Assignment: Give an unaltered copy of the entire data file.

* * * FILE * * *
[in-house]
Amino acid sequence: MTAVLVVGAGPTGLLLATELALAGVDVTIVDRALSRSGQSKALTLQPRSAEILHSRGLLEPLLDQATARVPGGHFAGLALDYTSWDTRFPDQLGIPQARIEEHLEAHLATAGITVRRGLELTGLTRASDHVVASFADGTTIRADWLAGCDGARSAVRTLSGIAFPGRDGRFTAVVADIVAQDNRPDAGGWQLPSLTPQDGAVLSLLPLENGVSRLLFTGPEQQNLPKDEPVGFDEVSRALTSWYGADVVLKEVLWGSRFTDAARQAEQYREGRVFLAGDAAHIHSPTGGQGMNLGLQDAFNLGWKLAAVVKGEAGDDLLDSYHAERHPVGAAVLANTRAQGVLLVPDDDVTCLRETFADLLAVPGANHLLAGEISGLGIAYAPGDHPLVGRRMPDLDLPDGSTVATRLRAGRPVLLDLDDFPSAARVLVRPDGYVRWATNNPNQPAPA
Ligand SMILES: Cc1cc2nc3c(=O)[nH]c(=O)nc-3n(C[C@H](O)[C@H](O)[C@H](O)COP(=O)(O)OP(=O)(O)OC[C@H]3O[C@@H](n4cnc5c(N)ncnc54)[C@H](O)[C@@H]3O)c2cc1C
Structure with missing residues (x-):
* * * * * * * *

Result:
[in-house]
Amino acid sequence: MTAVLVVGAGPTGLLLATELALAGVDVTIVDRALSRSGQSKALTLQPRSAEILHSRGLLEPLLDQATARVPGGHFAGLALDYTSWDTRFPDQLGIPQARIEEHLEAHLATAGITVRRGLELTGLTRASDHVVASFADGTTIRADWLAGCDGARSAVRTLSGIAFPGRDGRFTAVVADIVAQDNRPDAGGWQLPSLTPQDGAVLSLLPLENGVSRLLFTGPEQQNLPKDEPVGFDEVSRALTSWYGADVVLKEVLWGSRFTDAARQAEQYREGRVFLAGDAAHIHSPTGGQGMNLGLQDAFNLGWKLAAVVKGEAGDDLLDSYHAERHPVGAAVLANTRAQGVLLVPDDDVTCLRETFADLLAVPGANHLLAGEISGLGIAYAPGDHPLVGRRMPDLDLPDGSTVATRLRAGRPVLLDLDDFPSAARVLVRPDGYVRWATNNPNQPAPA
Ligand SMILES: Cc1cc2nc3c(=O)[nH]c(=O)nc-3n(C[C@H](O)[C@H](O)[C@H](O)COP(=O)(O)OP(=O)(O)OC[C@H]3O[C@@H](n4cnc5c(N)ncnc54)[C@H](O)[C@@H]3O)c2cc1C
Structure with missing residues (x-):